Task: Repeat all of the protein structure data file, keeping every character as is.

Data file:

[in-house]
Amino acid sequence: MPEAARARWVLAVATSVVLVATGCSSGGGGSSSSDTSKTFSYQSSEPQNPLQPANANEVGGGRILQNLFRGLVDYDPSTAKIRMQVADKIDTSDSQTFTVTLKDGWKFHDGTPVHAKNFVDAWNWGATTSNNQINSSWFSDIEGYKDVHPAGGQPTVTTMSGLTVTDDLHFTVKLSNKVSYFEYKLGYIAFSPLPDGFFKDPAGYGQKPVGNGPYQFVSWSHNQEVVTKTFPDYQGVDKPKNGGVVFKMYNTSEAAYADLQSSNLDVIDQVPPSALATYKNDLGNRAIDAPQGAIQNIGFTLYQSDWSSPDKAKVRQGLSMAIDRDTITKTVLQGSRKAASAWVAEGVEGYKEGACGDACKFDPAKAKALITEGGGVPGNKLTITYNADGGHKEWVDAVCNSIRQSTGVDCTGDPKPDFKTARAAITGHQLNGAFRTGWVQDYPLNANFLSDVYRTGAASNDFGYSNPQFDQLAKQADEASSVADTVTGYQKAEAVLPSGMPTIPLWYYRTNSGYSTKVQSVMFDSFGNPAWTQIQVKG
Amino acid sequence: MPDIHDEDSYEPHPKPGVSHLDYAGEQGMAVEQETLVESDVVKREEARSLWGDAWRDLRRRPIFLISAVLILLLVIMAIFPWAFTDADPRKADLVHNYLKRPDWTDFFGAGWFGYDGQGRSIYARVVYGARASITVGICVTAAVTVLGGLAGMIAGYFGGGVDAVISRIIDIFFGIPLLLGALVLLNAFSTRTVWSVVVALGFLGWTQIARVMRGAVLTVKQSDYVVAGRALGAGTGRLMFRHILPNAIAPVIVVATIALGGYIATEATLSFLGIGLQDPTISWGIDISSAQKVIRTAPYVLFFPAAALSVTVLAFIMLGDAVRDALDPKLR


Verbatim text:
[in-house]
Amino acid sequence: MPEAARARWVLAVATSVVLVATGCSSGGGGSSSSDTSKTFSYQSSEPQNPLQPANANEVGGGRILQNLFRGLVDYDPSTAKIRMQVADKIDTSDSQTFTVTLKDGWKFHDGTPVHAKNFVDAWNWGATTSNNQINSSWFSDIEGYKDVHPAGGQPTVTTMSGLTVTDDLHFTVKLSNKVSYFEYKLGYIAFSPLPDGFFKDPAGYGQKPVGNGPYQFVSWSHNQEVVTKTFPDYQGVDKPKNGGVVFKMYNTSEAAYADLQSSNLDVIDQVPPSALATYKNDLGNRAIDAPQGAIQNIGFTLYQSDWSSPDKAKVRQGLSMAIDRDTITKTVLQGSRKAASAWVAEGVEGYKEGACGDACKFDPAKAKALITEGGGVPGNKLTITYNADGGHKEWVDAVCNSIRQSTGVDCTGDPKPDFKTARAAITGHQLNGAFRTGWVQDYPLNANFLSDVYRTGAASNDFGYSNPQFDQLAKQADEASSVADTVTGYQKAEAVLPSGMPTIPLWYYRTNSGYSTKVQSVMFDSFGNPAWTQIQVKG
Amino acid sequence: MPDIHDEDSYEPHPKPGVSHLDYAGEQGMAVEQETLVESDVVKREEARSLWGDAWRDLRRRPIFLISAVLILLLVIMAIFPWAFTDADPRKADLVHNYLKRPDWTDFFGAGWFGYDGQGRSIYARVVYGARASITVGICVTAAVTVLGGLAGMIAGYFGGGVDAVISRIIDIFFGIPLLLGALVLLNAFSTRTVWSVVVALGFLGWTQIARVMRGAVLTVKQSDYVVAGRALGAGTGRLMFRHILPNAIAPVIVVATIALGGYIATEATLSFLGIGLQDPTISWGIDISSAQKVIRTAPYVLFFPAAALSVTVLAFIMLGDAVRDALDPKLR